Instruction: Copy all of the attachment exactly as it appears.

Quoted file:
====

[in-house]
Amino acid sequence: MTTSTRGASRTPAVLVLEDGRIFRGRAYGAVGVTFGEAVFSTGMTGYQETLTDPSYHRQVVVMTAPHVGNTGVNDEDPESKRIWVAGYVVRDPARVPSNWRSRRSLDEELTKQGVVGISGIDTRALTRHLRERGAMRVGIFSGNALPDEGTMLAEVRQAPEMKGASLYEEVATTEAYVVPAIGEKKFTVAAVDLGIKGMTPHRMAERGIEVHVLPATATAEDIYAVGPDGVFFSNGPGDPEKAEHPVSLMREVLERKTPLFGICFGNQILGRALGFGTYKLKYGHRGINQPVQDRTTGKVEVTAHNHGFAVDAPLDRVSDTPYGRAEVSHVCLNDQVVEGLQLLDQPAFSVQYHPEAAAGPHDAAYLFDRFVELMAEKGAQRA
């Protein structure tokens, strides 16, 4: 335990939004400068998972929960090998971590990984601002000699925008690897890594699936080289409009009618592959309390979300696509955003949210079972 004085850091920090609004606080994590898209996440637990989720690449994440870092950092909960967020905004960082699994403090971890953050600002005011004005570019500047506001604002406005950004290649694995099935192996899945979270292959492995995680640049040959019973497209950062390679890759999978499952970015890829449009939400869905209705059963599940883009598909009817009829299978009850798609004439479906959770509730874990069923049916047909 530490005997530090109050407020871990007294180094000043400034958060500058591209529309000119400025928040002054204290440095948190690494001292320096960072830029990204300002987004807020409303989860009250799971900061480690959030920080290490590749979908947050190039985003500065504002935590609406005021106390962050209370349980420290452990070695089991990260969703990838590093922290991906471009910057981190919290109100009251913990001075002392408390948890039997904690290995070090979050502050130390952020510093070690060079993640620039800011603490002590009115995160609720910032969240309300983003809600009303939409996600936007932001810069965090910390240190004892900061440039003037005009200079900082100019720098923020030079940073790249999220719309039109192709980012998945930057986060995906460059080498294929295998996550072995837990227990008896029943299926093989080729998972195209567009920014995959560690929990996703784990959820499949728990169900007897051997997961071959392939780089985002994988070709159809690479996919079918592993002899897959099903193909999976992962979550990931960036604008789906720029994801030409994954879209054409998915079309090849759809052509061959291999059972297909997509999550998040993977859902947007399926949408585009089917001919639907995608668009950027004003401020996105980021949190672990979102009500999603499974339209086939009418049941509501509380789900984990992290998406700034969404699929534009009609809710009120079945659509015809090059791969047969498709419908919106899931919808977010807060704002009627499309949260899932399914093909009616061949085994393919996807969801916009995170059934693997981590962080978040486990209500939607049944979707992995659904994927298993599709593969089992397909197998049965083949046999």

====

[in-house]
Amino acid sequence: MTTSTRGASRTPAVLVLEDGRIFRGRAYGAVGVTFGEAVFSTGMTGYQETLTDPSYHRQVVVMTAPHVGNTGVNDEDPESKRIWVAGYVVRDPARVPSNWRSRRSLDEELTKQGVVGISGIDTRALTRHLRERGAMRVGIFSGNALPDEGTMLAEVRQAPEMKGASLYEEVATTEAYVVPAIGEKKFTVAAVDLGIKGMTPHRMAERGIEVHVLPATATAEDIYAVGPDGVFFSNGPGDPEKAEHPVSLMREVLERKTPLFGICFGNQILGRALGFGTYKLKYGHRGINQPVQDRTTGKVEVTAHNHGFAVDAPLDRVSDTPYGRAEVSHVCLNDQVVEGLQLLDQPAFSVQYHPEAAAGPHDAAYLFDRFVELMAEKGAQRA
């Protein structure tokens, strides 16, 4: 335990939004400068998972929960090998971590990984601002000699925008690897890594699936080289409009009618592959309390979300696509955003949210079972 004085850091920090609004606080994590898209996440637990989720690449994440870092950092909960967020905004960082699994403090971890953050600002005011004005570019500047506001604002406005950004290649694995099935192996899945979270292959492995995680640049040959019973497209950062390679890759999978499952970015890829449009939400869905209705059963599940883009598909009817009829299978009850798609004439479906959770509730874990069923049916047909 530490005997530090109050407020871990007294180094000043400034958060500058591209529309000119400025928040002054204290440095948190690494001292320096960072830029990204300002987004807020409303989860009250799971900061480690959030920080290490590749979908947050190039985003500065504002935590609406005021106390962050209370349980420290452990070695089991990260969703990838590093922290991906471009910057981190919290109100009251913990001075002392408390948890039997904690290995070090979050502050130390952020510093070690060079993640620039800011603490002590009115995160609720910032969240309300983003809600009303939409996600936007932001810069965090910390240190004892900061440039003037005009200079900082100019720098923020030079940073790249999220719309039109192709980012998945930057986060995906460059080498294929295998996550072995837990227990008896029943299926093989080729998972195209567009920014995959560690929990996703784990959820499949728990169900007897051997997961071959392939780089985002994988070709159809690479996919079918592993002899897959099903193909999976992962979550990931960036604008789906720029994801030409994954879209054409998915079309090849759809052509061959291999059972297909997509999550998040993977859902947007399926949408585009089917001919639907995608668009950027004003401020996105980021949190672990979102009500999603499974339209086939009418049941509501509380789900984990992290998406700034969404699929534009009609809710009120079945659509015809090059791969047969498709419908919106899931919808977010807060704002009627499309949260899932399914093909009616061949085994393919996807969801916009995170059934693997981590962080978040486990209500939607049944979707992995659904994927298993599709593969089992397909197998049965083949046999």